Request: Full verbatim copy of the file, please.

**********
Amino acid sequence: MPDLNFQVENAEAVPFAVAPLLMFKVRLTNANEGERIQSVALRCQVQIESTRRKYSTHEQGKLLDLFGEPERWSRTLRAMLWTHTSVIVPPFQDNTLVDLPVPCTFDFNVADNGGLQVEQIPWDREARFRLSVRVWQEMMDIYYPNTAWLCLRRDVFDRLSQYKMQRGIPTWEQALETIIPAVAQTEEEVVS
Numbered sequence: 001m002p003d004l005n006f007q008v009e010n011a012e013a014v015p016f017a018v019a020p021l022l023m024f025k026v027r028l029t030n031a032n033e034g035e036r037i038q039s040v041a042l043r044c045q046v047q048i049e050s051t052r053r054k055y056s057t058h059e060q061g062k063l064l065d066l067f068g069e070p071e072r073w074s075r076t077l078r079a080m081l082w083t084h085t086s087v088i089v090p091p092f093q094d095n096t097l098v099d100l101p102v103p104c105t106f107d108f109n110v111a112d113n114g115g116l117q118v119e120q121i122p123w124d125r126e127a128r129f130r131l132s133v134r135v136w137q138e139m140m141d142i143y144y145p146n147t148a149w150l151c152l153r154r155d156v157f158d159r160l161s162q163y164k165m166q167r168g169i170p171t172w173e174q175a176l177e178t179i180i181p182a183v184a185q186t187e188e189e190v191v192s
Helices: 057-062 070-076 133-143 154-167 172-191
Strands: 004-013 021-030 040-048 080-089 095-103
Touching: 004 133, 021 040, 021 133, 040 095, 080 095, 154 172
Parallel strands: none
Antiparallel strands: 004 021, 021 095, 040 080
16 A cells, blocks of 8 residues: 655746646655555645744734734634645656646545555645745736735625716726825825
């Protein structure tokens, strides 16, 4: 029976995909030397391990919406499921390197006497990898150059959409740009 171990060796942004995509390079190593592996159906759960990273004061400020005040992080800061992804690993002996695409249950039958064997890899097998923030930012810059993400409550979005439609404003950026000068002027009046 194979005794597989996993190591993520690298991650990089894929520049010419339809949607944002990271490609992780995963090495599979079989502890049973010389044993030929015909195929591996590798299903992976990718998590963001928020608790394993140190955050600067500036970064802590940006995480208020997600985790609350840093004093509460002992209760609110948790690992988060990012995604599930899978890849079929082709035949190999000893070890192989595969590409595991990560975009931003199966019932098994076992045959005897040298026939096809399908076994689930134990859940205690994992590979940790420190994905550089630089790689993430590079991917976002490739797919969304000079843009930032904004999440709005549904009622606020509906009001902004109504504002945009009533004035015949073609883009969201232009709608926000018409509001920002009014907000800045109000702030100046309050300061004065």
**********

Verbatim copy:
Amino acid sequence: MPDLNFQVENAEAVPFAVAPLLMFKVRLTNANEGERIQSVALRCQVQIESTRRKYSTHEQGKLLDLFGEPERWSRTLRAMLWTHTSVIVPPFQDNTLVDLPVPCTFDFNVADNGGLQVEQIPWDREARFRLSVRVWQEMMDIYYPNTAWLCLRRDVFDRLSQYKMQRGIPTWEQALETIIPAVAQTEEEVVS
Numbered sequence: 001m002p003d004l005n006f007q008v009e010n011a012e013a014v015p016f017a018v019a020p021l022l023m024f025k026v027r028l029t030n031a032n033e034g035e036r037i038q039s040v041a042l043r044c045q046v047q048i049e050s051t052r053r054k055y056s057t058h059e060q061g062k063l064l065d066l067f068g069e070p071e072r073w074s075r076t077l078r079a080m081l082w083t084h085t086s087v088i089v090p091p092f093q094d095n096t097l098v099d100l101p102v103p104c105t106f107d108f109n110v111a112d113n114g115g116l117q118v119e120q121i122p123w124d125r126e127a128r129f130r131l132s133v134r135v136w137q138e139m140m141d142i143y144y145p146n147t148a149w150l151c152l153r154r155d156v157f158d159r160l161s162q163y164k165m166q167r168g169i170p171t172w173e174q175a176l177e178t179i180i181p182a183v184a185q186t187e188e189e190v191v192s
Helices: 057-062 070-076 133-143 154-167 172-191
Strands: 004-013 021-030 040-048 080-089 095-103
Touching: 004 133, 021 040, 021 133, 040 095, 080 095, 154 172
Parallel strands: none
Antiparallel strands: 004 021, 021 095, 040 080
16 A cells, blocks of 8 residues: 655746646655555645744734734634645656646545555645745736735625716726825825
């Protein structure tokens, strides 16, 4: 029976995909030397391990919406499921390197006497990898150059959409740009 171990060796942004995509390079190593592996159906759960990273004061400020005040992080800061992804690993002996695409249950039958064997890899097998923030930012810059993400409550979005439609404003950026000068002027009046 194979005794597989996993190591993520690298991650990089894929520049010419339809949607944002990271490609992780995963090495599979079989502890049973010389044993030929015909195929591996590798299903992976990718998590963001928020608790394993140190955050600067500036970064802590940006995480208020997600985790609350840093004093509460002992209760609110948790690992988060990012995604599930899978890849079929082709035949190999000893070890192989595969590409595991990560975009931003199966019932098994076992045959005897040298026939096809399908076994689930134990859940205690994992590979940790420190994905550089630089790689993430590079991917976002490739797919969304000079843009930032904004999440709005549904009622606020509906009001902004109504504002945009009533004035015949073609883009969201232009709608926000018409509001920002009014907000800045109000702030100046309050300061004065």